Less than 100 years ago, women like myself were unable to take a stand and vote in this, our progressive country that promises equality for all. Now, anyone who has a television, computer, phone or is just reading the good old fashioned newspaper knows that this country hasn’t exactly lived up to its “equality for all” promise. Those same media outlets I mentioned about will probably offer varying opinions on the validity of my statement and I am not here to start an argument or debate with any one.

I am here to say that many women have used their voice, intelligence and strength of character to get us to this moment. The excitement of the first women receiving the honor of being a major political party nominee for the office of the President of the United States is just that, exciting.

I realized the other day, however that the weight of this moment might not fully be understood by everyone because for some reason, the concept of representation isn't understood. 

representation matters

It matters because despite having faith, too often in a culture that has at your fingertips accessibility to just about everything, seeing is believing.

For much of the last two centuries, every sitting United States President has represented one basic group. Caucasian and privilege. While this does not automatically mean that they do not have the good of the people in mind as they enact laws and regulations for this country, it certainly does provide some distance from some of our countries most glaring problems and inconsistencies. 

When Barack Obama used the slogan "Yes We Can" as part of his platform for election, it resonated because it involved inclusion and an understanding of the plight of people beyond just the status quo.  Millions of citizens who had been denied the right to vote based on their race were able to not visualize change for themselves. They could see someone "just like them" rise to the highest office in this country. That means something. 

We have seen and heard it time and time again in the world of media, where people saw someone that looked like them and realized that there was possibility out there. So, why not in politics?

Well, that same concept was realized last week as Hillary Clinton accepted a major parties nomination to be their candidate for the United States of America. Young girls and women were able to see for the first time something amazing...

possibility

The possibility that change can indeed happen, even at the highest levels of bureaucracy.  This change is not without its challenges. Just look at the questions and media attention that surround this female candidate opposed to her male counterparts thought the entire run thus far. Look at the amount of free air time given to her opponent (understandably, this is for soundbites, just as much as gender bias). So much free air time in fact that her opponent, has needed to do little to know actual campaign ads, in contrast with record spending for Hillary to get her message out to the people.

But, as with any trailblazers, you get burned quite a bit setting a new path. With each ditch, burn and road block, you get up, you start again. Because of her, other women have this possibility. Because of women before Hillary, like Victoria WoodHull (1872), Gracie Allen (1940), Shirley Chisholm (1972), Linda Jenness (1972) and Jill Stein (2012) who all ran for president to varying degrees of success, Hillary saw the possibility. 

These images came from various sources on line and are not my own. For an article detailing the ladies who fought before this election, checkout this great article from    Time Magazine: 5 Other Women Who Ran For President  or checkout each of their names above to be redirected to some background info on each one of them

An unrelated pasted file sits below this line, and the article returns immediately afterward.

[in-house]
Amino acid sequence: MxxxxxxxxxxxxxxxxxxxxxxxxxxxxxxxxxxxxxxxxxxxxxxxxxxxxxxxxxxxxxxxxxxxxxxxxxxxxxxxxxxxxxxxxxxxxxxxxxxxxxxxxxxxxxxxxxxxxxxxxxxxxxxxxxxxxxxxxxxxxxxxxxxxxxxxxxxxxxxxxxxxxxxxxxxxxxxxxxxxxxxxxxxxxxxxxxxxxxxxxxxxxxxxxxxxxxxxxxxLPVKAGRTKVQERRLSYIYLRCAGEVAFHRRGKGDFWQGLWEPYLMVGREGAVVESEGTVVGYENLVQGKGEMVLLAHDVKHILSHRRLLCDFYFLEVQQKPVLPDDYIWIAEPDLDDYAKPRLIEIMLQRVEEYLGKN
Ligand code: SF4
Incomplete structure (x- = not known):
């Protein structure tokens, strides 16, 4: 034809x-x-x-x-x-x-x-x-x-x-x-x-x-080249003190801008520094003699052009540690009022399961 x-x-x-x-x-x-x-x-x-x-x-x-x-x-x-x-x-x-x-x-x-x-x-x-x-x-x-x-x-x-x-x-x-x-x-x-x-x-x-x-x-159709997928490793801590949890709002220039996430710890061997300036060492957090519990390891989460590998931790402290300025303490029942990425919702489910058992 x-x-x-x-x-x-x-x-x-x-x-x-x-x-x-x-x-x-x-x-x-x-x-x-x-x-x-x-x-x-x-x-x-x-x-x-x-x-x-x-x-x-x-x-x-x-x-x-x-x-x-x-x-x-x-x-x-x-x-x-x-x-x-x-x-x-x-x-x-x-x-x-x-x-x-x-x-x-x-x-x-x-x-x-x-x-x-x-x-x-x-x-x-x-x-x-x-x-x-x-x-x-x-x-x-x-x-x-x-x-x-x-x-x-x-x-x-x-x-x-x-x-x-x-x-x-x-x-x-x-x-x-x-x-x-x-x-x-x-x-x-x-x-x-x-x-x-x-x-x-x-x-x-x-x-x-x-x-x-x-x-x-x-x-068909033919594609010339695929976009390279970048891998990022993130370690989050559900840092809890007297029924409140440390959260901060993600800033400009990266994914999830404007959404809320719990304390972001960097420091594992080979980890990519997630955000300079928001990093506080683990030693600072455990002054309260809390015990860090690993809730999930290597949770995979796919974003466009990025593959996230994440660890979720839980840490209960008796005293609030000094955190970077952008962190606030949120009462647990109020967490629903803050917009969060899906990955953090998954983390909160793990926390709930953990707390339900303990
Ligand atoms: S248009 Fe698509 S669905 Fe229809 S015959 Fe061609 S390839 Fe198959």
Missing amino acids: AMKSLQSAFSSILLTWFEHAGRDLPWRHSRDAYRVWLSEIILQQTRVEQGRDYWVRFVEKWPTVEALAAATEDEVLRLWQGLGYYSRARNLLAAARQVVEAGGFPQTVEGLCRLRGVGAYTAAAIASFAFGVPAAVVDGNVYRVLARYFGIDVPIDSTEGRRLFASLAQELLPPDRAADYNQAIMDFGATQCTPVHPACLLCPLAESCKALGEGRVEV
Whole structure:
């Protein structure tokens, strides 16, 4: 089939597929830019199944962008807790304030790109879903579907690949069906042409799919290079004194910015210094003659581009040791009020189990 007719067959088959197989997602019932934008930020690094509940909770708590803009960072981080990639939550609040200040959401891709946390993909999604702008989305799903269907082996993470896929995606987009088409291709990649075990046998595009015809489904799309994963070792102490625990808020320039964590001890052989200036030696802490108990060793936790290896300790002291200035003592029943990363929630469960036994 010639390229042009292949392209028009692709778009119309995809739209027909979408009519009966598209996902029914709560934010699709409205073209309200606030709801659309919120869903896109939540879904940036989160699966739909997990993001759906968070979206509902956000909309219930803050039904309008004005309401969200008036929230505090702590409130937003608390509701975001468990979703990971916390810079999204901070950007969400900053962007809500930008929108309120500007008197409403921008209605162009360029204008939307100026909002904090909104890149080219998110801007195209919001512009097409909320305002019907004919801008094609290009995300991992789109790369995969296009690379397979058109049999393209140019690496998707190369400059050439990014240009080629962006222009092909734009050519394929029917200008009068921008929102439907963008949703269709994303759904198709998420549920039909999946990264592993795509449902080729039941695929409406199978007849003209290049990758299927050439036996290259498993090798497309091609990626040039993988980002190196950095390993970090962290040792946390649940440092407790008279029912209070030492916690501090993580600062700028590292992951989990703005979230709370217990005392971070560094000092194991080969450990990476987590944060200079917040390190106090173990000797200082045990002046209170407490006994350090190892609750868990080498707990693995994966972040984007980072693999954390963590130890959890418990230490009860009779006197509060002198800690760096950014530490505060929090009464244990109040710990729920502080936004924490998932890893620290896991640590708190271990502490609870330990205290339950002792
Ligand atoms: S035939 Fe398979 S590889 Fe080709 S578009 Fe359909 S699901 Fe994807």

These images came from various sources on line and are not my own. For an article detailing the ladies who fought before this election, checkout this great article from Time Magazine: 5 Other Women Who Ran For President or checkout each of their names above to be redirected to some background info on each one of them

These were not the only women to blaze a trail towards the most coveted office of the land. Here is a list of others who also ran for the office of President of the United States and put a crack or two into the ceiling. (SOURCE:)

cracks in the ceiling

Victoria Woodhull (1872)

Belva Lockwood (1884, 1888)

Laura Clay (1920) 

Gracie Allen (1940) 

Margaret Chase Smith (1964)

Charlene Mitchell (1968)

Shirley Chisholm (1972)

Linda Jenness (1972)

Patsy Takemoto Mink (1972)

Evelyn Reed (1972)

Ellen McCormack (1976, 1980)

Margaret Wright (1976)

Deidre Griswold (1980)

Sonia Johnson (1984)

Gabrielle Holmes (1984)

Isabelle Masters (1984, 1992, 1996, 2000, 2004)

Patricia Schroeder (1988)

Lenora Fulani (1988, 1992)

Willa Kenoyer (1988)

Gloria E. LaRiva (1992)

Susan Block (1992)

Helen Halyard (1992)

Millie Howard (1992, 1996)

Monica Moorehead (1996, 2000)

Marsha Feinland (1996)

Mary Cal Hollis (1996)

Heather Anne Harder (`1996)

Elvena E. Lloyd-Deffie (1996)

Gerogina H. Doerschuck (1996)

Susan Gail Ducey (1996)

Ann Jennings (1996)

Diane Beall Templin (1996)

Joanne Jorgensen (1996)

Elizabeth Dole (2000)

Cathy Gordon Brown (2000)

Carol Moseley Braun (2004)

Hillary Rodham Clinton (2008, 2016)

Cynthia McKinney (2008)

Michelle Bachmann (2012)

Peta Lindsay (2012)

Jill Stein (2012)

Roseanne Barr (2012)

Carly Forinia (2016)


As I was researching items for this post and watching the Democratic National Convention I noticed an awesome hashtag #centenariansforclinton. It was awesome, because it was mainly being promoted by women over the age of 100. This mean that these women, born when it was illegal for them to vote can potential see the possibility of a woman in office before the end of their life. I dare anyone to tell these women that representation doesn't matter.

SOURCE: http://www.phoenixnewtimes.com/news/meet-jerry-emmett-arizonas-102-year-old-honorary-delegate-to-the-democratic-national-convention-8472872

SOURCE: http://www.phoenixnewtimes.com/news/meet-jerry-emmett-arizonas-102-year-old-honorary-delegate-to-the-democratic-national-convention-8472872

I surely didn’t plan to live past 100 years old,” she says. “When I did, and I saw all these things that were happening, it was like I had a shot in the arm.” She became even more enthusiastic about getting Democrats elected.
— Jerry Emmett, 102 year old Arizona Delegate
Ruline Steininger, 103 might have given my favorite quote (seen below)   I MAGE SOURCE: 

Ruline Steininger, 103 might have given my favorite quote (seen below) IMAGE SOURCE: 

After giving this problem much serious thought and consideration, I have come to the decision that I must live to do my part November 2016, I can die later!”
— Ruline Steininger, 103 years old

As for me, I am recognizing the moment and reflecting on the possibility.